Veronika Kudermetova and Elena Vesnina [ROC] vs. Laura Pigossi and Luisa Stefani [BRA] – Kudermetova and Vesnina were narrowly defeated in the Wimbledon final 9-7 in the third, and lost another close match in Thursday’s semifinals, decided by a 10-point tiebreak.  Pigossi and Stefani do not usually team together, but they saved four match points in their second round matchup.

Ash Barty and John Peers [AUS] vs. Nina Stojanovic and Novak Djokovic [SRB] – It is an extremely rare occasion for both the men’s and women’s No.1’s, as well as the reigning Wimbledon champions, to share a court.  Barty and Peers are the far more experienced doubles players, though Djokovic will surely play some inspired tennis as he tries to win another medal for Serbia.

Saturday’s full Order of Play is here.

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Tokyo Olympics Daily Preview: Novak Djokovic Plays in the Semifinals of both Men’s Singles and Mixed Doubles

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Unfortunately, Novak Djokovic hasn’t had any fans in attendance to share the love with this past week in Tokyo (twitter.com/ITFTennis)

One of the only items missing from Novak Djokovic’s resume is an Olympic gold medal.  But over the course of the next three days, he has a chance to win two.  In the men’s singles semifinals, he faces Sascha Zverev, the remaining player with the best chance of preventing him from standing atop the podium in singles.  The other men’s semifinal sees Spain’s Pablo Carreno Busta face a second consecutive Russian.  On Thursday, he eliminated Daniil Medvedev from medal contention.  On Friday, he takes on recent Wimbledon quarterfinalist Karen Khachanov.

 

Also on Friday, the men’s doubles medals will be decided, with two teams of Croats facing off for the gold.  And the mixed doubles semifinals will also be played, which include two teams representing the Russian Olympic Committee, as well as Djokovic and fellow world No.1 Ash Barty.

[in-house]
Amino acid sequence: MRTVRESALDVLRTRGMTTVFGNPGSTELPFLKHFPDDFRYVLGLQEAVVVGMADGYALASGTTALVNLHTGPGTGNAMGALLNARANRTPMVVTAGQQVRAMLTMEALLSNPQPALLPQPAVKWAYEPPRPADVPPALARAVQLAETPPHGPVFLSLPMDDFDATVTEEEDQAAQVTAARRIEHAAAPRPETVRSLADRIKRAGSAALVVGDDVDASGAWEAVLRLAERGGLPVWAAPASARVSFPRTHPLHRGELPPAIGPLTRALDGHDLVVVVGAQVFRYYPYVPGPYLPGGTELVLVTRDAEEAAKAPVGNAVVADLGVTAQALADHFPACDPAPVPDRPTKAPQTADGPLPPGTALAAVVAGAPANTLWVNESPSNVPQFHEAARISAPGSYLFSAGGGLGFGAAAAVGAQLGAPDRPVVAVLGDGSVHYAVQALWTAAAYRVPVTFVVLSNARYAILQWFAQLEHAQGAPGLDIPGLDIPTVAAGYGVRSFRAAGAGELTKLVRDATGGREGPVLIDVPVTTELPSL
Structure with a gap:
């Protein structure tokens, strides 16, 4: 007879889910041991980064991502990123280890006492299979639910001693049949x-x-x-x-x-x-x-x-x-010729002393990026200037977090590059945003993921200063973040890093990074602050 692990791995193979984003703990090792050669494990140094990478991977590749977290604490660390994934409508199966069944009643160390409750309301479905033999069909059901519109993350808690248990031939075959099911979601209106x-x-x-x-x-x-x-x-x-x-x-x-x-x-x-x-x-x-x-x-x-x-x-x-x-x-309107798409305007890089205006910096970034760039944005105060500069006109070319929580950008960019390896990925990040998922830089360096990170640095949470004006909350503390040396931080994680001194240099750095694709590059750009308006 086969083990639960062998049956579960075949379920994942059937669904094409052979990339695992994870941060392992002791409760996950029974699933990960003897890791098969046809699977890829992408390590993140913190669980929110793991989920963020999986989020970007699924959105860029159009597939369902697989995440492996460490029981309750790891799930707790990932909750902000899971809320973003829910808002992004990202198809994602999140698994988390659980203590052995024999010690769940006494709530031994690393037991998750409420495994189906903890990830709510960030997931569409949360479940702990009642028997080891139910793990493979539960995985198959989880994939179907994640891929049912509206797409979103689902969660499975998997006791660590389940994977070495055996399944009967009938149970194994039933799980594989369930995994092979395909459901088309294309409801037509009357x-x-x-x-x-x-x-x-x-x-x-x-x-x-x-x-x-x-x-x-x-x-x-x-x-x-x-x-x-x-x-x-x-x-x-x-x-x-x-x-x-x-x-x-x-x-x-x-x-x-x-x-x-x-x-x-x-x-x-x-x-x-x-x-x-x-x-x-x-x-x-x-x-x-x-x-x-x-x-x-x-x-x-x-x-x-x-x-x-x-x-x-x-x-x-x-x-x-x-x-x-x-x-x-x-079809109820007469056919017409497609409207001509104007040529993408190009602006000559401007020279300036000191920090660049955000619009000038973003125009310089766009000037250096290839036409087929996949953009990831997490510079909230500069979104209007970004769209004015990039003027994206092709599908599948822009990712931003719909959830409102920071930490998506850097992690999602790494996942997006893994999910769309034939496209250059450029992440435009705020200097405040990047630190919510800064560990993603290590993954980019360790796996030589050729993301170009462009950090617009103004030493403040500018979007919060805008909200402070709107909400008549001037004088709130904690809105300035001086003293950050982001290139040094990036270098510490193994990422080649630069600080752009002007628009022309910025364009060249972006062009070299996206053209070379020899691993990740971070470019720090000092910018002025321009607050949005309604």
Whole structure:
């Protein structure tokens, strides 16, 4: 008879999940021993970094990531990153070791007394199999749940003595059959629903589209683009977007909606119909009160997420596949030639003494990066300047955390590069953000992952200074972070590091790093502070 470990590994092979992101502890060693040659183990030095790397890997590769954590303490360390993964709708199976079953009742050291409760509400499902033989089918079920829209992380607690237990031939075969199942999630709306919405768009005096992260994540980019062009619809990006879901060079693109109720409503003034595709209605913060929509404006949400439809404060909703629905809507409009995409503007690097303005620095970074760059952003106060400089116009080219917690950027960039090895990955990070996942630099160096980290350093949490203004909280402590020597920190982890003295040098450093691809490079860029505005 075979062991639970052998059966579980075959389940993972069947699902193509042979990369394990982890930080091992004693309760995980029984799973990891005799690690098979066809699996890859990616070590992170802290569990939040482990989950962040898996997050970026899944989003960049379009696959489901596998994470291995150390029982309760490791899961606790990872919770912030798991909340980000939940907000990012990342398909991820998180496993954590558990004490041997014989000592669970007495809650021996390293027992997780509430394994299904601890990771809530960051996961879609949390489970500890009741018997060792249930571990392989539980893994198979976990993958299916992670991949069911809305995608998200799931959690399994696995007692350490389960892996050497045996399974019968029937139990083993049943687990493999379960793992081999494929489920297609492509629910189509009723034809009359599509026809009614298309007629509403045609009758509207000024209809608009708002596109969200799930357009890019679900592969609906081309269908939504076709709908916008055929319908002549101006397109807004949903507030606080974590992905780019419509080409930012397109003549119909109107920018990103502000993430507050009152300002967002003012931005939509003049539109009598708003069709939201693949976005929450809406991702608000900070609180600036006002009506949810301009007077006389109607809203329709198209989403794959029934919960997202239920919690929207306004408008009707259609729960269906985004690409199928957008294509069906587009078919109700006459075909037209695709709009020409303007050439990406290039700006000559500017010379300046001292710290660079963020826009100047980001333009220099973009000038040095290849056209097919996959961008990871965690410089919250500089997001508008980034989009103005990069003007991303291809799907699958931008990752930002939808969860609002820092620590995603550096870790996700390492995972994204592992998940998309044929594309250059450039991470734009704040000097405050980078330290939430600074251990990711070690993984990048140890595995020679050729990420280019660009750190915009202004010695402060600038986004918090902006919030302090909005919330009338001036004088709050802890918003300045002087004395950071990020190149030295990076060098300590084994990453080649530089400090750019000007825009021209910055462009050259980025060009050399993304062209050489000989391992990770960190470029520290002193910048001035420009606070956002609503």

Friday’s play gets underway at 3:00pm local time.  There are possible thunderstorms forecast in the afternoon and evening, though the roof over Centre Court will guarantee uninterrupted play for those scheduled there.

Pablo Carreno Busta (6) [ESP] vs. Karen Khachanov (12) [ROC] – 3:00pm on Centre Court

Khachanov has achieved two Major quarterfinals, while Carreno Busta has reached two semis.  However, both players would certainly state this is the biggest match of their careers to date, as it will decide who plays for the gold medal on Sunday.  Pablo leads their head-to-head 3-2, though Khachanov leads 2-1 on hard courts, as two of the Spaniard’s victories came on clay.  Four of their five meetings have been straight-setters, meaning the first set may prove extremely crucial on Friday.  Carreno Busta has advanced considerably more comfortably, requiring only one third set, compared to Khachanov who has been pushed to a third set in three out of four matches.  Pablo has also been the much better player over the past year, and unlike Khachanov, his two best results at Slams have come on this surface.  He possesses a much more consistent game than Karen, who can easily rack up a large amount of unforced errors.  I like Carreno Busta’s chances of prevailing in this semifinal.

Novak Djokovic (1) [SRB] vs. Sascha Zverev (4) [GER] – Second on Centre Court